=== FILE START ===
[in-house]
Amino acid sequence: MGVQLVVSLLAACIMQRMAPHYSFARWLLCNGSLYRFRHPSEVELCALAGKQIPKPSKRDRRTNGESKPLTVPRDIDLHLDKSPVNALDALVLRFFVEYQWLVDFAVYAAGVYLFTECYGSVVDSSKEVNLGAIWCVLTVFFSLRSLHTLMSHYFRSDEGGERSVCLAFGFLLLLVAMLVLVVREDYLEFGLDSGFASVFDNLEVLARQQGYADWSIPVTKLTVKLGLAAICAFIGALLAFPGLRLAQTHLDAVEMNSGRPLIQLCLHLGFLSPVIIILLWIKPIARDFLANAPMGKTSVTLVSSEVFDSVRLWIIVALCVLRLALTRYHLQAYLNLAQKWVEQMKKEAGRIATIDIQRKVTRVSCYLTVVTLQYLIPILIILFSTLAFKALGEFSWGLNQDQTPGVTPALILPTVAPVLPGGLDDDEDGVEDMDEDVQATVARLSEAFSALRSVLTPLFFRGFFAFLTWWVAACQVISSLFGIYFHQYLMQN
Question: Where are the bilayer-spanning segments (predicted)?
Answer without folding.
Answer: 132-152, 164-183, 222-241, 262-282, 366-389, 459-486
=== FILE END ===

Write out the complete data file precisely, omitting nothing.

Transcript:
[in-house]
Amino acid sequence: MGVQLVVSLLAACIMQRMAPHYSFARWLLCNGSLYRFRHPSEVELCALAGKQIPKPSKRDRRTNGESKPLTVPRDIDLHLDKSPVNALDALVLRFFVEYQWLVDFAVYAAGVYLFTECYGSVVDSSKEVNLGAIWCVLTVFFSLRSLHTLMSHYFRSDEGGERSVCLAFGFLLLLVAMLVLVVREDYLEFGLDSGFASVFDNLEVLARQQGYADWSIPVTKLTVKLGLAAICAFIGALLAFPGLRLAQTHLDAVEMNSGRPLIQLCLHLGFLSPVIIILLWIKPIARDFLANAPMGKTSVTLVSSEVFDSVRLWIIVALCVLRLALTRYHLQAYLNLAQKWVEQMKKEAGRIATIDIQRKVTRVSCYLTVVTLQYLIPILIILFSTLAFKALGEFSWGLNQDQTPGVTPALILPTVAPVLPGGLDDDEDGVEDMDEDVQATVARLSEAFSALRSVLTPLFFRGFFAFLTWWVAACQVISSLFGIYFHQYLMQN
Question: Where are the bilayer-spanning segments (predicted)?
Answer without folding.
Answer: 132-152, 164-183, 222-241, 262-282, 366-389, 459-486